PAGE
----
Because it lacks a focused audience, expertise sharing and polling tools, I don't think that Facebook presents the same level of "free advertising" potential simply by using it as LinkedIn does. However, not taking advantage of the significantly larger audience on Facebook than LinkedIn by setting up a simple paid advertisement using its Ad Manager would be a missed opportunity. In the screenshot below, I'm showing the Ad Manager setup screen, which allows you to target your audience by various means, including location, age, and interest. As you can see, we've set up our ad to appear to users living in the United States over the age of 20 who have listed advertising, marketing, or web development among their interests. Facebook also allows you to determine how much you are willing to spend per click. In addition to showing stats, the Ad Manager also previews how your ad will appear to Facebook users, which is helpful considering the fact that you should not see your own ad while using the network.

Referral Traffic from Facebook

As I would have expected, our traffic numbers from Facebook are higher. In fact, at 320, the number of unique visits to our site coming from Facebook over the course of one month is almost double that of LinkedIn. The average time spent on the site is just about the same as the LinkedIn users (3:36 minutes), the bounce rate slightly lower (47%), and the number of pages per visit also just about the same (3.24). The only glaring difference is in the percentage of new visits. With the LinkedIn group, only 25% of the visits per month were new visitors, which means that about 75% of the LinkedIn users coming to our site had come before. That's a good thing, but it also makes sense given the smaller, tighter network that we have on LinkedIn. With Facebook, 57% of the visits were new, but this seems to be in line with the nature of our network on Facebook, which is structured more like a family tree, stretching out from general Newfangled "fans" to friends of Newfangled employees, and even outward to their friends. In simple regard to generating traffic, it is clear that Facebook presents just as good an opportunity to promote our website content as LinkedIn does.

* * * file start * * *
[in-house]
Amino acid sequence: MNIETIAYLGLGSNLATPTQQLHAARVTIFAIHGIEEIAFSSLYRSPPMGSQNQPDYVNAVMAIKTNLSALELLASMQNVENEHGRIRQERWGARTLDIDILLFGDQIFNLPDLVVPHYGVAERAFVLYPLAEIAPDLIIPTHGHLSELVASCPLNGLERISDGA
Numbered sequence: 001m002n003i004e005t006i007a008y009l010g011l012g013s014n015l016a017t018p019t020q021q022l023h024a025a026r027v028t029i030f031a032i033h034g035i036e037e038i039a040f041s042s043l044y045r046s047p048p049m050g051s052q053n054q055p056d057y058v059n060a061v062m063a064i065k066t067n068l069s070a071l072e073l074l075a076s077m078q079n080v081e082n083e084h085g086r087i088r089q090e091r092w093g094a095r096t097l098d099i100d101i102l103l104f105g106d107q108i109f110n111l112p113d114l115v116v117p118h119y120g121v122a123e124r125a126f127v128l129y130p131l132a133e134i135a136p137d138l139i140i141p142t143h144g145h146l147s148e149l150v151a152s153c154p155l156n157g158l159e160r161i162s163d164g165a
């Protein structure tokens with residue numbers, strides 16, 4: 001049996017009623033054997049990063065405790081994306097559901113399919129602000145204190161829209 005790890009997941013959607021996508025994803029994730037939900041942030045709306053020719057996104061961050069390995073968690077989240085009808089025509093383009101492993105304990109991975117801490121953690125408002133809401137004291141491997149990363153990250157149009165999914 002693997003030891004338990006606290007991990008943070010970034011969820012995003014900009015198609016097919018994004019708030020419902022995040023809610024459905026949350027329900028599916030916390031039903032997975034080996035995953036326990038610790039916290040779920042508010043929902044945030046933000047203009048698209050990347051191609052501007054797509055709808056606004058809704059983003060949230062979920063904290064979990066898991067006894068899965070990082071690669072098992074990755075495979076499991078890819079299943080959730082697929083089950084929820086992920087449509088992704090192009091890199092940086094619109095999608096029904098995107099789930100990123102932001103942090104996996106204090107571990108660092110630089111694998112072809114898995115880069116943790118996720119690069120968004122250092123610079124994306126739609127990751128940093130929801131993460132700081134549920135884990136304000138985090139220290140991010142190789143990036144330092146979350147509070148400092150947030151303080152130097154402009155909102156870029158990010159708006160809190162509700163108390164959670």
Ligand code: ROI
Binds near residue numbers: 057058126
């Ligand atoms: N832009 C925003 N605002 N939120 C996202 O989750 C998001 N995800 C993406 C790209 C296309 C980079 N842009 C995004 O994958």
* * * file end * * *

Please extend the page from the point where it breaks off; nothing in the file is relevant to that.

Next, I'll talk a little bit about using Twitter...


Alan | May 28, 2009 10:51 AM
Chris, you wrote "we believe that freely sharing our expertise in a group set up to not only serve us will ultimately benefit us in addition to everyone else involved." So, do you consider this marketing or not? It seems like a touchy-feely way of avoiding saying that your group is a marketing ploy.
Christopher Butler | May 28, 2009 10:59 AM
Alan, Good question. For the record, I think the entire quote is instructive:
"Leaving our actual name, Newfangled, out of the group's name was intentional: while we consider the time we devote to the group part of our investment in marketing for Newfangled, we believe that freely sharing our expertise in a group set up to not only serve us will ultimately benefit us in addition to everyone else involved. An educated prospect always makes a better client."